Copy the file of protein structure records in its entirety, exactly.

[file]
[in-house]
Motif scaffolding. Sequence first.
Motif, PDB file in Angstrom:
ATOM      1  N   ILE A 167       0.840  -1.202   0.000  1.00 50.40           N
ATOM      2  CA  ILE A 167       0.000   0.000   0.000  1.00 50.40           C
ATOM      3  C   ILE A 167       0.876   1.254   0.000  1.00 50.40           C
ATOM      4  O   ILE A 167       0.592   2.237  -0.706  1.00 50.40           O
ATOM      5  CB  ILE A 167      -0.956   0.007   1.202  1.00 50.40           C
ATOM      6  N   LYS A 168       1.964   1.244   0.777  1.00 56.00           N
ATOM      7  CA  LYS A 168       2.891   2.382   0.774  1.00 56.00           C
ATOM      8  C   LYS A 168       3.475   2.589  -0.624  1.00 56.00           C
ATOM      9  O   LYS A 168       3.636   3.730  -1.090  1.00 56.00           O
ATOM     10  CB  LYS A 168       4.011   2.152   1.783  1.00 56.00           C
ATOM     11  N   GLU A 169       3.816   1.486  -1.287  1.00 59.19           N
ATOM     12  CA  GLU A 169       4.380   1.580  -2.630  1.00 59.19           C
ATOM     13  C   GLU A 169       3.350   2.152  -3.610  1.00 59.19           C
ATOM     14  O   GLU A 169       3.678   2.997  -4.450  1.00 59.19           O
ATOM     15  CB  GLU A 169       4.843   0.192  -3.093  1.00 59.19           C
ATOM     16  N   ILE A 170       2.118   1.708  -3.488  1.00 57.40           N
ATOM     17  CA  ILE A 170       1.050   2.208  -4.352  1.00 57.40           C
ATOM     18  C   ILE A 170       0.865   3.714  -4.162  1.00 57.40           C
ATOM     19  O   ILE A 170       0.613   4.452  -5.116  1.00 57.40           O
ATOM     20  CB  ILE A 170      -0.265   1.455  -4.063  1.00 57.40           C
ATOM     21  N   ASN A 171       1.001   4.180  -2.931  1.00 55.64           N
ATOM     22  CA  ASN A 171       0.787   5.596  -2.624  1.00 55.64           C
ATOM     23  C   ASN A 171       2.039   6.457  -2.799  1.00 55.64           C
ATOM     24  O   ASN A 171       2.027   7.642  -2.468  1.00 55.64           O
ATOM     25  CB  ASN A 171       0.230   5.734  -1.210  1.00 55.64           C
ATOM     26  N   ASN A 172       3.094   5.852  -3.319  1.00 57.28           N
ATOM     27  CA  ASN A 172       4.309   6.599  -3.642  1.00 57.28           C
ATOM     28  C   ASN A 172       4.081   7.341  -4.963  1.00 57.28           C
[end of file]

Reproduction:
[in-house]
Motif scaffolding. Sequence first.
Motif, PDB file in Angstrom:
ATOM      1  N   ILE A 167       0.840  -1.202   0.000  1.00 50.40           N
ATOM      2  CA  ILE A 167       0.000   0.000   0.000  1.00 50.40           C
ATOM      3  C   ILE A 167       0.876   1.254   0.000  1.00 50.40           C
ATOM      4  O   ILE A 167       0.592   2.237  -0.706  1.00 50.40           O
ATOM      5  CB  ILE A 167      -0.956   0.007   1.202  1.00 50.40           C
ATOM      6  N   LYS A 168       1.964   1.244   0.777  1.00 56.00           N
ATOM      7  CA  LYS A 168       2.891   2.382   0.774  1.00 56.00           C
ATOM      8  C   LYS A 168       3.475   2.589  -0.624  1.00 56.00           C
ATOM      9  O   LYS A 168       3.636   3.730  -1.090  1.00 56.00           O
ATOM     10  CB  LYS A 168       4.011   2.152   1.783  1.00 56.00           C
ATOM     11  N   GLU A 169       3.816   1.486  -1.287  1.00 59.19           N
ATOM     12  CA  GLU A 169       4.380   1.580  -2.630  1.00 59.19           C
ATOM     13  C   GLU A 169       3.350   2.152  -3.610  1.00 59.19           C
ATOM     14  O   GLU A 169       3.678   2.997  -4.450  1.00 59.19           O
ATOM     15  CB  GLU A 169       4.843   0.192  -3.093  1.00 59.19           C
ATOM     16  N   ILE A 170       2.118   1.708  -3.488  1.00 57.40           N
ATOM     17  CA  ILE A 170       1.050   2.208  -4.352  1.00 57.40           C
ATOM     18  C   ILE A 170       0.865   3.714  -4.162  1.00 57.40           C
ATOM     19  O   ILE A 170       0.613   4.452  -5.116  1.00 57.40           O
ATOM     20  CB  ILE A 170      -0.265   1.455  -4.063  1.00 57.40           C
ATOM     21  N   ASN A 171       1.001   4.180  -2.931  1.00 55.64           N
ATOM     22  CA  ASN A 171       0.787   5.596  -2.624  1.00 55.64           C
ATOM     23  C   ASN A 171       2.039   6.457  -2.799  1.00 55.64           C
ATOM     24  O   ASN A 171       2.027   7.642  -2.468  1.00 55.64           O
ATOM     25  CB  ASN A 171       0.230   5.734  -1.210  1.00 55.64           C
ATOM     26  N   ASN A 172       3.094   5.852  -3.319  1.00 57.28           N
ATOM     27  CA  ASN A 172       4.309   6.599  -3.642  1.00 57.28           C
ATOM     28  C   ASN A 172       4.081   7.341  -4.963  1.00 57.28           C